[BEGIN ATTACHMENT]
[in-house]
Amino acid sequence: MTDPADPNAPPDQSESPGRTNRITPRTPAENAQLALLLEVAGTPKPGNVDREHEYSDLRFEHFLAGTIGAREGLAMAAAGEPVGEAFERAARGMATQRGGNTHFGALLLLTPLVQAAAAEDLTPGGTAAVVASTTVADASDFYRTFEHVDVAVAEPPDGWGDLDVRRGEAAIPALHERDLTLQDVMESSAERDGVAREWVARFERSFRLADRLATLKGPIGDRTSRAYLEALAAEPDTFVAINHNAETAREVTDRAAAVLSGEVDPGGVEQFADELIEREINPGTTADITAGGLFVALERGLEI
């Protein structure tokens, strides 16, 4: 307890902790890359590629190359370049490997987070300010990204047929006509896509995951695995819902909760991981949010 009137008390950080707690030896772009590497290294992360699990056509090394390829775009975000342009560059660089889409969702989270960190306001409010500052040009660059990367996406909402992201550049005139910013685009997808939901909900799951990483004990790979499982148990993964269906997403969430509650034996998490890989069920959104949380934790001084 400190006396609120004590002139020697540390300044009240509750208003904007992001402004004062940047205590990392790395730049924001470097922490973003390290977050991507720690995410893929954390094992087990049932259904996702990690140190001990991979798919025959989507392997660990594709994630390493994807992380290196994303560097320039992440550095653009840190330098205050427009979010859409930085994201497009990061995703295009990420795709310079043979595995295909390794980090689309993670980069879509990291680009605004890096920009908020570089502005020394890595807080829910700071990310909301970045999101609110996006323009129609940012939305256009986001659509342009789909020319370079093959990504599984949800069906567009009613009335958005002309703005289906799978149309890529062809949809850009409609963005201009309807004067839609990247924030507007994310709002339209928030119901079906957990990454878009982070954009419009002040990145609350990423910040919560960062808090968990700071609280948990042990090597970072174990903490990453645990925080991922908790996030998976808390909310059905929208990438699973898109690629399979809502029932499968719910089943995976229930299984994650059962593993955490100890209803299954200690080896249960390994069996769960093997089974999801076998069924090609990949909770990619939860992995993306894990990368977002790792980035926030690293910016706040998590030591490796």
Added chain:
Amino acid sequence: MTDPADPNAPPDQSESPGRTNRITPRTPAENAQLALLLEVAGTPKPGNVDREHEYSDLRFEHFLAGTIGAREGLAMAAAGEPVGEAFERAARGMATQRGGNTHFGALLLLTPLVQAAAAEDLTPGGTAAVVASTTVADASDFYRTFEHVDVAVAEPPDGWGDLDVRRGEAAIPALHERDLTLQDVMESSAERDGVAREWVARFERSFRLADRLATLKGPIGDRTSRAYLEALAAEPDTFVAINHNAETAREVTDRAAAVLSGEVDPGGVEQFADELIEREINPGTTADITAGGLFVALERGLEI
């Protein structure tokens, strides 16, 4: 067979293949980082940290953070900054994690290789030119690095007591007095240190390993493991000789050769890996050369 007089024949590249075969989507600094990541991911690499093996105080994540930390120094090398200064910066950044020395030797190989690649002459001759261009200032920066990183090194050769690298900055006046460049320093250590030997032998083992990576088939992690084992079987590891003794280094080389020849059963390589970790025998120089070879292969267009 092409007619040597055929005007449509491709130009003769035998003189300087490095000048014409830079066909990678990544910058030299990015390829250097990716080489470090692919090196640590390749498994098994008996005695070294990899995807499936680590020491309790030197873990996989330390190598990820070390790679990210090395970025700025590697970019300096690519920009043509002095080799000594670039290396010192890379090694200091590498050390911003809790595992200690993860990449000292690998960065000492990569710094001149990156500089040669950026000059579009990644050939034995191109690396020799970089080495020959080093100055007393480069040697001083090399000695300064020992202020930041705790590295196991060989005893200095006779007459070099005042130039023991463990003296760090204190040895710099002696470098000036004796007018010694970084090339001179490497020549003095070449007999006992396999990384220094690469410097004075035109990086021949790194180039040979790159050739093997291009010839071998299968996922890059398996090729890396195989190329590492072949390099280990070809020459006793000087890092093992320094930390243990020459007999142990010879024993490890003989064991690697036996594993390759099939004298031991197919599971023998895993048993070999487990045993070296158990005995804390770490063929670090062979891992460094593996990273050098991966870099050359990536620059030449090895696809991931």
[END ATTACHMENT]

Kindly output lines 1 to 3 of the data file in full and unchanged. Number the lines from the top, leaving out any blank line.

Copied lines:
[in-house]
Amino acid sequence: MTDPADPNAPPDQSESPGRTNRITPRTPAENAQLALLLEVAGTPKPGNVDREHEYSDLRFEHFLAGTIGAREGLAMAAAGEPVGEAFERAARGMATQRGGNTHFGALLLLTPLVQAAAAEDLTPGGTAAVVASTTVADASDFYRTFEHVDVAVAEPPDGWGDLDVRRGEAAIPALHERDLTLQDVMESSAERDGVAREWVARFERSFRLADRLATLKGPIGDRTSRAYLEALAAEPDTFVAINHNAETAREVTDRAAAVLSGEVDPGGVEQFADELIEREINPGTTADITAGGLFVALERGLEI
């Protein structure tokens, strides 16, 4: 307890902790890359590629190359370049490997987070300010990204047929006509896509995951695995819902909760991981949010 009137008390950080707690030896772009590497290294992360699990056509090394390829775009975000342009560059660089889409969702989270960190306001409010500052040009660059990367996406909402992201550049005139910013685009997808939901909900799951990483004990790979499982148990993964269906997403969430509650034996998490890989069920959104949380934790001084 400190006396609120004590002139020697540390300044009240509750208003904007992001402004004062940047205590990392790395730049924001470097922490973003390290977050991507720690995410893929954390094992087990049932259904996702990690140190001990991979798919025959989507392997660990594709994630390493994807992380290196994303560097320039992440550095653009840190330098205050427009979010859409930085994201497009990061995703295009990420795709310079043979595995295909390794980090689309993670980069879509990291680009605004890096920009908020570089502005020394890595807080829910700071990310909301970045999101609110996006323009129609940012939305256009986001659509342009789909020319370079093959990504599984949800069906567009009613009335958005002309703005289906799978149309890529062809949809850009409609963005201009309807004067839609990247924030507007994310709002339209928030119901079906957990990454878009982070954009419009002040990145609350990423910040919560960062808090968990700071609280948990042990090597970072174990903490990453645990925080991922908790996030998976808390909310059905929208990438699973898109690629399979809502029932499968719910089943995976229930299984994650059962593993955490100890209803299954200690080896249960390994069996769960093997089974999801076998069924090609990949909770990619939860992995993306894990990368977002790792980035926030690293910016706040998590030591490796």